It has been found potatoes are an excellent source of iron and can play an important role in helping to reduce iron deficiency — the leading cause of anemia, says a study recently published in the Journal of Nutrition.
The study of iron-deficient women in Peru’s Huancavelica region who ate 500 grams of potatoes per day for two weeks found the rate of iron absorption from those potatoes was much higher than that reported for other crops. People absorb only about two to 10 per cent iron in most other vegetables, but participants in this study absorbed 28 per cent of the iron in the yellow-fleshed potato they ate.
“Nobody expected the potato to have such a high level of iron absorption,” Gabriela Burgos, a nutritionist at the International Potato Center (CIP), which undertook the study in collaboration with ETH Zürich and Peru’s Instituto de Investigación Nutricional, says. She adds this was the first human study of iron bioavailability in potato ever done, and it produced the kind of pleasant surprise scientists hope for.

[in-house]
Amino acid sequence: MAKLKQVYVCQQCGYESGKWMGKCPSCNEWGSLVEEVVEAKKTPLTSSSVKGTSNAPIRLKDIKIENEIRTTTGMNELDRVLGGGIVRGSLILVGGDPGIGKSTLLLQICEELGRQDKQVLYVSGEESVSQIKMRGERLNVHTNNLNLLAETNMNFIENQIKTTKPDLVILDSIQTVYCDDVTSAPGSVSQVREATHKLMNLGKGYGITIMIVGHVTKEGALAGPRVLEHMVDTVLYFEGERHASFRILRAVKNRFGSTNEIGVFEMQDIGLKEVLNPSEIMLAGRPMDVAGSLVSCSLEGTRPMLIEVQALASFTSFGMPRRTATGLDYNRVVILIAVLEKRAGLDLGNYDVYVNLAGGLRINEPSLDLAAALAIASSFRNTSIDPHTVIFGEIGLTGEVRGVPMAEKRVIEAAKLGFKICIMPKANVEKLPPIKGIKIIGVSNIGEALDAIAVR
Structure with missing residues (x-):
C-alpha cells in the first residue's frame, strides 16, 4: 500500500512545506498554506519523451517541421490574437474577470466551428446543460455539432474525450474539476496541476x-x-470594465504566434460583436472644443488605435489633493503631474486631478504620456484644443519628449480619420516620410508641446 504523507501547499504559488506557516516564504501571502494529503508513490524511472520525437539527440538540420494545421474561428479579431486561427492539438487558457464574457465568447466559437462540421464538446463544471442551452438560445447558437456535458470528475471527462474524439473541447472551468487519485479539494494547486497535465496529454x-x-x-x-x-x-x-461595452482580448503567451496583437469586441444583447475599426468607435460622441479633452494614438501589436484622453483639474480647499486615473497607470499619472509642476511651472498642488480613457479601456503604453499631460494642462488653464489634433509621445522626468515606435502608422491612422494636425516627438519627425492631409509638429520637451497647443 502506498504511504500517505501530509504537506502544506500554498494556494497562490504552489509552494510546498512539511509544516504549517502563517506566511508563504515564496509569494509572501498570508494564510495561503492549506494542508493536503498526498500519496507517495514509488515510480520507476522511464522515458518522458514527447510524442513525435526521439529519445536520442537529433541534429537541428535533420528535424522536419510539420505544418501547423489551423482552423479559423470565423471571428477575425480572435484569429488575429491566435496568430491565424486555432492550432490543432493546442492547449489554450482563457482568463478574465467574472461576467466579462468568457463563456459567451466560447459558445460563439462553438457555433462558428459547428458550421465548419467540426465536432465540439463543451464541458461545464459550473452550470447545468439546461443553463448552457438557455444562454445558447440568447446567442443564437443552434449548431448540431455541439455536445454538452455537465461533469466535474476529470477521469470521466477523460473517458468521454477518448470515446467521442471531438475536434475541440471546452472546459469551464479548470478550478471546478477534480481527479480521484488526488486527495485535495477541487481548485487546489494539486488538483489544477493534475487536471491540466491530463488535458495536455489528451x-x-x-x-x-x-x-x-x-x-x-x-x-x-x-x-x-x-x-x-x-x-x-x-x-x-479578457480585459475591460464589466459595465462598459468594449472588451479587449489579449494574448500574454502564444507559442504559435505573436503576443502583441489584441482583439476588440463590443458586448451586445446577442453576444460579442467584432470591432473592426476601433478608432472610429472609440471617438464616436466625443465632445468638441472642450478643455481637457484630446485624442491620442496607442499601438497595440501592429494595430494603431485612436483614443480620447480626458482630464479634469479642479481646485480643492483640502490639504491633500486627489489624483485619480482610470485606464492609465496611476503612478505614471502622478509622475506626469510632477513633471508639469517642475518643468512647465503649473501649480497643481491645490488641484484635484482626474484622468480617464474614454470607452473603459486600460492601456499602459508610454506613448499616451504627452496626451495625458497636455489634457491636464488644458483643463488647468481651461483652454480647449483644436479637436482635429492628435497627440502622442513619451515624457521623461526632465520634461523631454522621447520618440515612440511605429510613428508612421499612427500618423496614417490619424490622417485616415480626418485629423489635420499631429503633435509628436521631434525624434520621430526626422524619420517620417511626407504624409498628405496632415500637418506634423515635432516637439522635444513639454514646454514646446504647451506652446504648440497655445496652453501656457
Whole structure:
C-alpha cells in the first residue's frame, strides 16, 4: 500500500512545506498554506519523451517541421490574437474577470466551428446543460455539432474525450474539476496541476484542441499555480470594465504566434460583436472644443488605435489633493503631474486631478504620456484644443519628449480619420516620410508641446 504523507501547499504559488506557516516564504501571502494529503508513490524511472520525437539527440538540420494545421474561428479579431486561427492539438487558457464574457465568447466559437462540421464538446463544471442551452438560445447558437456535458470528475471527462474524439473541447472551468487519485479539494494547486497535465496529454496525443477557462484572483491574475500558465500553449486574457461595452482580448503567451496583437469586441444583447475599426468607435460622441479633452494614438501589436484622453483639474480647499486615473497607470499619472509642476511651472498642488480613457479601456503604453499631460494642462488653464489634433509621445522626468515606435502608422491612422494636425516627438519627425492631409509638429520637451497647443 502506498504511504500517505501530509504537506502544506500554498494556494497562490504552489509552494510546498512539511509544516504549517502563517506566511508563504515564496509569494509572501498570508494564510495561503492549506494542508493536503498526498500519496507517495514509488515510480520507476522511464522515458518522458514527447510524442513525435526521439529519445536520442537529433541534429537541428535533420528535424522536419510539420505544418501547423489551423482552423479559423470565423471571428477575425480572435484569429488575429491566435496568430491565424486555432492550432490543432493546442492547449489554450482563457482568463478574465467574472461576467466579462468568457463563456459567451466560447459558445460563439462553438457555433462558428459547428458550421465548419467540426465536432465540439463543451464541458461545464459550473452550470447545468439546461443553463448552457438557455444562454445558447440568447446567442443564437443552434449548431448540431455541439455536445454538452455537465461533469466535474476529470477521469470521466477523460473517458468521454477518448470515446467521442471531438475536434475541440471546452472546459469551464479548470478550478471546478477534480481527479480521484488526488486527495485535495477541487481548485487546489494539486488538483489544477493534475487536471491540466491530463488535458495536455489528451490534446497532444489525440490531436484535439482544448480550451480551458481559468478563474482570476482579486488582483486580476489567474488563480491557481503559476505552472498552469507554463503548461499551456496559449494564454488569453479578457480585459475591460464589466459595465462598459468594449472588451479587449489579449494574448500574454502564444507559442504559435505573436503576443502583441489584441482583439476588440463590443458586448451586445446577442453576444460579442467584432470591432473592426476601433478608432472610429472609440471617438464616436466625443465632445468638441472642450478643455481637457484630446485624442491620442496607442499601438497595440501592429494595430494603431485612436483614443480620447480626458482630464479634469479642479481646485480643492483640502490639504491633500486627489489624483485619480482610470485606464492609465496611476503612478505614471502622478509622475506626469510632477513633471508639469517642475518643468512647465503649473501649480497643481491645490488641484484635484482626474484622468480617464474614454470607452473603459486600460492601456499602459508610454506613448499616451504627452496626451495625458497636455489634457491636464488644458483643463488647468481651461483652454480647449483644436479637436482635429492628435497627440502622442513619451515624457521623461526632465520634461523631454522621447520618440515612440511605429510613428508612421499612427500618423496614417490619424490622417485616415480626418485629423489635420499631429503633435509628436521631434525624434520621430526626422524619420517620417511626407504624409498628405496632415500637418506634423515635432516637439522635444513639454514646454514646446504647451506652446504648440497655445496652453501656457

Burgos explains most vegetables and legumes, contain high levels of phytates and other compounds which inhibit iron absorption, whereas potatoes have low phytate levels and plenty of vitamin C, which enhances iron absorption.
The study’s results are especially significant because they took place in the framework of an initiative to increase the iron levels of potato through conventional breeding – a process called biofortification, the study notes. The resulting varieties will be disseminated in areas where iron deficiency is a problem.
An efficacy study still needs to be conducted to demonstrate there is significant improvement in the iron and zinc status of people who incorporate biofortified potatoes into their normal diets, the study says.